Dining Room Wainscoting for Under $60
I wanted to update you on some of the progress we are making with my mom and dad’s living and dining room project. This is where we started.
Today I wanted to show you an awesome and inexpensive update that is going to a big impact in the dining room. Wainscoting! Originally used to help insulate homes dating back to the 16th century, wainscoting has now morphed into wood paneling used as a decorative element in many traditional or transitional style homes. There are no shortage styles to choose from and is even sold in kits at your local Home Depot. While there are many styles to choose from we settled on board and batten wainscoting for it’s simplicity to install, its cost, and elegance.
What We Did
If you look closely, you can see in the before picture below there are painted decorative panels, flanking the large hutch and by the doorway. There were several more on the wall. In an effort to reuse and re-purpose items and keep costs down, we took them off the wall cut them down to size, and spaced them along the lower portion of wall to act as boards in our batten and board wainscoting.
Brown panels are on either side of the hutch and on the left by the doorway.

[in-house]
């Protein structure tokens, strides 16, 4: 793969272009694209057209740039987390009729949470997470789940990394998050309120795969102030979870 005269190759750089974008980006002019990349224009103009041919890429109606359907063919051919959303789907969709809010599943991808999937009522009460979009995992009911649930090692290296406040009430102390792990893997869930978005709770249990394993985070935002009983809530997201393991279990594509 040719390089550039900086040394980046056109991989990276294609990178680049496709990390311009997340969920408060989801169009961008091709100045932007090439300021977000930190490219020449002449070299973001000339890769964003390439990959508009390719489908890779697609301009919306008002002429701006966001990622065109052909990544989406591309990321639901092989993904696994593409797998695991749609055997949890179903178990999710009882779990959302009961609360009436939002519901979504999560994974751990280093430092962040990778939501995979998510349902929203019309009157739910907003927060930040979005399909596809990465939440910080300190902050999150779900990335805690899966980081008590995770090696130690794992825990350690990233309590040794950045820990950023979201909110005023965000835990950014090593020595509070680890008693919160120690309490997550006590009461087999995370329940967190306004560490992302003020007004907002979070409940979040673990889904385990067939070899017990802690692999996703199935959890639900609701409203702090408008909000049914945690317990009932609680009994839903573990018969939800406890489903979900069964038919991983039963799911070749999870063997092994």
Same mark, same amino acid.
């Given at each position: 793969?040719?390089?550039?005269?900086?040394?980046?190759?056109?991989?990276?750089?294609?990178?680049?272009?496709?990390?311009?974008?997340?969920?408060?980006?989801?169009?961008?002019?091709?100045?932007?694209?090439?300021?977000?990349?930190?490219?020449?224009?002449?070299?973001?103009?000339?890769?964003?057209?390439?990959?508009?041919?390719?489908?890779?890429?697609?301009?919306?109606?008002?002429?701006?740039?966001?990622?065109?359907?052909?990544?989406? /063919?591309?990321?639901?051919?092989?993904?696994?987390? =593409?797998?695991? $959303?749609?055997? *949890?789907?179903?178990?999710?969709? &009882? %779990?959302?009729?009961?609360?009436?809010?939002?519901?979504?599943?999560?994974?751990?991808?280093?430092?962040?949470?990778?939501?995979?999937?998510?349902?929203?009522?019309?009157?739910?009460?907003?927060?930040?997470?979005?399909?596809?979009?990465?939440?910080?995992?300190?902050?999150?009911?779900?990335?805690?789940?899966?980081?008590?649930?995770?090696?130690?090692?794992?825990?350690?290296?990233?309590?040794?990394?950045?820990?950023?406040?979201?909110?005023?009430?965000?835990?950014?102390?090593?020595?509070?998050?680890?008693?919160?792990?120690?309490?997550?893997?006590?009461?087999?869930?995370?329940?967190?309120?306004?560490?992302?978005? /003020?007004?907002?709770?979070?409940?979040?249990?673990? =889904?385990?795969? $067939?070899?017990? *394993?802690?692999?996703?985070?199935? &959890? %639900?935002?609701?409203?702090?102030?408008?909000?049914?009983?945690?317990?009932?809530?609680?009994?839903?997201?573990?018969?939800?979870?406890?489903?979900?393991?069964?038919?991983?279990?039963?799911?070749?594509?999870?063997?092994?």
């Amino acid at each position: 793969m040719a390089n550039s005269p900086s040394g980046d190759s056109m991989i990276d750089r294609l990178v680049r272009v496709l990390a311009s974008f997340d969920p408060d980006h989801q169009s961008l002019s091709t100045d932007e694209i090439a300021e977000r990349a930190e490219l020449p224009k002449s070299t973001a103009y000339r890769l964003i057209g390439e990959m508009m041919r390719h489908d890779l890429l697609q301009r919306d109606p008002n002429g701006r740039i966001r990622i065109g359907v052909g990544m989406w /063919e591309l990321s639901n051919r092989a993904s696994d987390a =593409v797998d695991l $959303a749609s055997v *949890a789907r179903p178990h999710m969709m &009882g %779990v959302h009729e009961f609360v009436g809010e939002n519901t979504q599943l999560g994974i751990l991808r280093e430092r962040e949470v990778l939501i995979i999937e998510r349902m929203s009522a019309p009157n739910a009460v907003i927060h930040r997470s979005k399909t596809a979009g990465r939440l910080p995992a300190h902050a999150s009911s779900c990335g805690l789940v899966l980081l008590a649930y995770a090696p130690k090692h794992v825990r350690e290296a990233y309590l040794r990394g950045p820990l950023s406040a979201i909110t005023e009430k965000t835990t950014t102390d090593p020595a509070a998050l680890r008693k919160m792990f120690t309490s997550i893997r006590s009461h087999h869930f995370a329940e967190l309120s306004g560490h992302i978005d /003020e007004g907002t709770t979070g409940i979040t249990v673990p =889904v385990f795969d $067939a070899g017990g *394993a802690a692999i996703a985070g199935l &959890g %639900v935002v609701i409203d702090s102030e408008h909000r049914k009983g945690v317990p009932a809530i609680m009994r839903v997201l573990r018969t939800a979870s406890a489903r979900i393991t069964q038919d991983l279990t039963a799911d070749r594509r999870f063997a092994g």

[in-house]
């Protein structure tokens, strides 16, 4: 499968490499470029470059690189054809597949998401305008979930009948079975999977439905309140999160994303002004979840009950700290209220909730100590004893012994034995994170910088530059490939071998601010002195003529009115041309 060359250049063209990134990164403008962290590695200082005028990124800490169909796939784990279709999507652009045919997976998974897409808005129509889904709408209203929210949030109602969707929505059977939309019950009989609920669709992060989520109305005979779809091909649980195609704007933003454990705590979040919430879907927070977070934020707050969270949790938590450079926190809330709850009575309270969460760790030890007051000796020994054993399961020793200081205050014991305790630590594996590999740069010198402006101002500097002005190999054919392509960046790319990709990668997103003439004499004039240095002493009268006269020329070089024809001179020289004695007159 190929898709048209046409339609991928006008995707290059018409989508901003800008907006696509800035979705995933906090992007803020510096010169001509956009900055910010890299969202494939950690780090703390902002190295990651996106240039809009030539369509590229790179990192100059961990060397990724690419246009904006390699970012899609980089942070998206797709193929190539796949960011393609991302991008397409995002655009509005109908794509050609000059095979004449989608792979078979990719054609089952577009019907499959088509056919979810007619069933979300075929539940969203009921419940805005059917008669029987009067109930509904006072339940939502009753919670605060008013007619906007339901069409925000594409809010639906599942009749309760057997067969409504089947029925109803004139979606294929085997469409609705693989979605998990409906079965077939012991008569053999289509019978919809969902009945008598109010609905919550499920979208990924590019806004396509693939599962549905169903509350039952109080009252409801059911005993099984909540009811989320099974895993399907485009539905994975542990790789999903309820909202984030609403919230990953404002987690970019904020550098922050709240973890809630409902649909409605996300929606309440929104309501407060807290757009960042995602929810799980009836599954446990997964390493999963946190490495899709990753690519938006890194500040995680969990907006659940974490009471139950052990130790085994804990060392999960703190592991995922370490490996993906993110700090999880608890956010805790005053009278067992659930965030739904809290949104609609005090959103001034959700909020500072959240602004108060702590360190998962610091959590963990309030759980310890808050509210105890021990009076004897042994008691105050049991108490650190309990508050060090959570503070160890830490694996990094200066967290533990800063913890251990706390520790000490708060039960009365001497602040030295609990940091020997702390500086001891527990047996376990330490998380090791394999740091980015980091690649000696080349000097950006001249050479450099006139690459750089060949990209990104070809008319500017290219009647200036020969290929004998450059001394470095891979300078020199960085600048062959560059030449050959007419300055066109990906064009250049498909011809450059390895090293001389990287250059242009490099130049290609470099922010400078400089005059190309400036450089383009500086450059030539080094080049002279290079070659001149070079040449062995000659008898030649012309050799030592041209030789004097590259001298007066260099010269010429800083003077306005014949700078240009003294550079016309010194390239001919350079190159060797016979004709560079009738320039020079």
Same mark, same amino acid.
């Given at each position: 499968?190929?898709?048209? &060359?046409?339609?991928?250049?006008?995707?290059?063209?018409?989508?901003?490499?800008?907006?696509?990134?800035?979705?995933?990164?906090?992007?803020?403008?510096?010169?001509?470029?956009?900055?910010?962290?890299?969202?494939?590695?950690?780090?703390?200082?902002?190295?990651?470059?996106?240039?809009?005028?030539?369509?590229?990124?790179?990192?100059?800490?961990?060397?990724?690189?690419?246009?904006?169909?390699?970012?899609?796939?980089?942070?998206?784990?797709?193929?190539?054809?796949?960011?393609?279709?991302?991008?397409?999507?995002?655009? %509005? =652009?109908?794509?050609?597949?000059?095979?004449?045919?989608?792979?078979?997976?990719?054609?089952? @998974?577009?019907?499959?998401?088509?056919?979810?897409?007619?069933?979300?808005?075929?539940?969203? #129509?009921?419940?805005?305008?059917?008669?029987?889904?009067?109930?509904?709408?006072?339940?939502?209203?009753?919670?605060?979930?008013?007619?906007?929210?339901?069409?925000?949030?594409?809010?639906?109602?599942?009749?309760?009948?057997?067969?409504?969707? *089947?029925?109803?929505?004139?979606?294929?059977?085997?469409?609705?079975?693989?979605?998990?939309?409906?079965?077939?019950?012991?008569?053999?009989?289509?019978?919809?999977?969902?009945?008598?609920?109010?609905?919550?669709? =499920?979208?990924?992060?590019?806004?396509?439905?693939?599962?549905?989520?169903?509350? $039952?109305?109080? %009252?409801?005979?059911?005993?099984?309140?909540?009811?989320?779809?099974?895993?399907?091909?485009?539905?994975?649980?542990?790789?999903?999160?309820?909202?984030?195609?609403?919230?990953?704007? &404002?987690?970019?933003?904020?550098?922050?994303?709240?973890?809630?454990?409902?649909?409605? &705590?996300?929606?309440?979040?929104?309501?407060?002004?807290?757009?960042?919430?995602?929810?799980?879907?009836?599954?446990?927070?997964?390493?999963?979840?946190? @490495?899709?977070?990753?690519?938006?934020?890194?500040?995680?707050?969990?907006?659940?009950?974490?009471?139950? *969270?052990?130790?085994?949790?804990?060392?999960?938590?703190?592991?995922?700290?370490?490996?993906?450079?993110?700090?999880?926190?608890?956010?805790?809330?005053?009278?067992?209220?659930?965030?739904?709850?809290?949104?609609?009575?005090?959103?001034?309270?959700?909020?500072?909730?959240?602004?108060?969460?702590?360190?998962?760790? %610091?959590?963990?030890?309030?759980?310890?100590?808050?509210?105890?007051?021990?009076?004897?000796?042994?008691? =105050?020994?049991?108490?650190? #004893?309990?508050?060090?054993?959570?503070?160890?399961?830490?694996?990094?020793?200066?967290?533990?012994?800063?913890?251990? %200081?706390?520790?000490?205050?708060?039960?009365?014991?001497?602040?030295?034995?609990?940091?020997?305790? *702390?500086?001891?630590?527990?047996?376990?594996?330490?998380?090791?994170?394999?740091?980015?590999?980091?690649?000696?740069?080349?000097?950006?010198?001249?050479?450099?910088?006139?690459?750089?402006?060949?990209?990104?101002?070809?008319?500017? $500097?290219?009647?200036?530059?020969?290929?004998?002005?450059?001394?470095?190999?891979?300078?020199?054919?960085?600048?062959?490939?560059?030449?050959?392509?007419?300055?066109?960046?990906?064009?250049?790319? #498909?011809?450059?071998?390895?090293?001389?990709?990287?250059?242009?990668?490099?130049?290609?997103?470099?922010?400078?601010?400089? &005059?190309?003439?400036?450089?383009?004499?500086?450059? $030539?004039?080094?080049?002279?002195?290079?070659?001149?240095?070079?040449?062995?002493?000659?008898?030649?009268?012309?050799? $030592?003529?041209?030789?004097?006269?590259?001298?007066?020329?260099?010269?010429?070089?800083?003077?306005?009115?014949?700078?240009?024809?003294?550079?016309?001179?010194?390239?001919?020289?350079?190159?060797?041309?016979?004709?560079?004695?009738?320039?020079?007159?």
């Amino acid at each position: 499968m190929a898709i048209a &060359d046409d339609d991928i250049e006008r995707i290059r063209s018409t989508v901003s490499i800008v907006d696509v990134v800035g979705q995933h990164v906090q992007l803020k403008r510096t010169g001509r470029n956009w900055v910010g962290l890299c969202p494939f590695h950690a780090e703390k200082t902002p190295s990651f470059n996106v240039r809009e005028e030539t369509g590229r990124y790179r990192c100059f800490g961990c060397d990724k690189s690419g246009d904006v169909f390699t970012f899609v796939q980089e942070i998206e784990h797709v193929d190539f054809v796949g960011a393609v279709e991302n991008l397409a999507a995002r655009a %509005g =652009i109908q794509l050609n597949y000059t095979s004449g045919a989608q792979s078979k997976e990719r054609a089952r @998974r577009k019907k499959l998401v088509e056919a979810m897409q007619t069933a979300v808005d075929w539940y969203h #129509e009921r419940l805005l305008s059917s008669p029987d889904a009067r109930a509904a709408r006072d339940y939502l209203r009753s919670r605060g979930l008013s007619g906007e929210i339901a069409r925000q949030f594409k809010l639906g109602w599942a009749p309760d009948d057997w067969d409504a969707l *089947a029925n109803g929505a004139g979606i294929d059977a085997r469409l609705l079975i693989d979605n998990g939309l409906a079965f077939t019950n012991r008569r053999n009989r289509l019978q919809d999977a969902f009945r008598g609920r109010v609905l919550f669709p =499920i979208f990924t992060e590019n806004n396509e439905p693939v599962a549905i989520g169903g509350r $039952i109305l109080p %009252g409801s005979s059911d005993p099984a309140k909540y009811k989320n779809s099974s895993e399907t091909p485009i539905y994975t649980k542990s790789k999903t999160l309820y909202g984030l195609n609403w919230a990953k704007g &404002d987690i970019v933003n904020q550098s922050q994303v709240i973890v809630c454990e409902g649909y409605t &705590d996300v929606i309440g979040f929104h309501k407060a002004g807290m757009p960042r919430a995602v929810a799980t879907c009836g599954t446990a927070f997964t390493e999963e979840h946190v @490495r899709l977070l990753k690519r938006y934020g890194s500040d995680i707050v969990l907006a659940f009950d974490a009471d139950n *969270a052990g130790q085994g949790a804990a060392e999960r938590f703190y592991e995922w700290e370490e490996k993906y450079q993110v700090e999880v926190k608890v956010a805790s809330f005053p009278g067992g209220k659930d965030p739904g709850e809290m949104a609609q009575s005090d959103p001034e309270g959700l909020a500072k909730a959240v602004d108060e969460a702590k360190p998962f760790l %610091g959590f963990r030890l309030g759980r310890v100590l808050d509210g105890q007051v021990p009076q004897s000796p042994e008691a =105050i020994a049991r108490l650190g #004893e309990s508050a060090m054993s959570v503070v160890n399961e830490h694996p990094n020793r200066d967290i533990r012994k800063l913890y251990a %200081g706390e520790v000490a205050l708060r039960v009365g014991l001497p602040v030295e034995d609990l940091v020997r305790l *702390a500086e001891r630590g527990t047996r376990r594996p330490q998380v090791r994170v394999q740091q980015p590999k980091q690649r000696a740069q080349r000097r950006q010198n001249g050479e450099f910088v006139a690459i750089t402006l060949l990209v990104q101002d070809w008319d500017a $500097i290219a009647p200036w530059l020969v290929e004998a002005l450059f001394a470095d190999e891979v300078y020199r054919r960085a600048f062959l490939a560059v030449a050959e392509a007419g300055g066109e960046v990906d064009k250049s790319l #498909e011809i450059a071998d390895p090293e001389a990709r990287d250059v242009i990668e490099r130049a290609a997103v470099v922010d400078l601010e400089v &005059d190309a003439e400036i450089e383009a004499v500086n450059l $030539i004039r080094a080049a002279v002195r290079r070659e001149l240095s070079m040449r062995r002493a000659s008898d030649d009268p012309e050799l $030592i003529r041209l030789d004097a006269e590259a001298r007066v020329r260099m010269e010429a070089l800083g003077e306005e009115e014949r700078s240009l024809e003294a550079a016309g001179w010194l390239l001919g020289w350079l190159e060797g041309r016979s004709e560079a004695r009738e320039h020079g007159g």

We also bought two sheets of luan–sounds like “loo-wan” (flexible plywood usually used as an underlayment for flooring) for $25 to fill in the rest of the wall space. Once we had the pieces cut to size we used our trim nail-gun to attach them to the wall.
We spaced our pieces 20 inches apart. While there is no hard and fast rule it seems that most batten and board wainscoting is commonly spaced between 16 and 20 inches apart.
Measuring out the strips of luan
Now that everything was attached, we painted the wall, boards, and the chair rail in Glidden’s Pure White paint. The luan is admittedly on the thinner side but that’s the subtle look I wanted to achieve. If you wanted to beef it up, you could use thicker plywood or MDF (medium density fiber board) which is also cost effective.
Final Step & The Result
Finally, we removed the brown trim that was at the very top of the chair rail and repainted it an even deeper brown, Glidden’s Western Charcoal, and reattached it back along the top of the wall. I love the clean lines and the unexpected pop it adds to the room. If you count the paint and cost of the luan we spent just under $60 on this project. The impact can’t be beat for the money!
I am ecstatic about the progress we are making in the dining room. The living room…not so much. Right now it’s a holding area but the walls are prepped and ready for paint. We will get there!
Do you think this project is doable? Let us know by commenting below.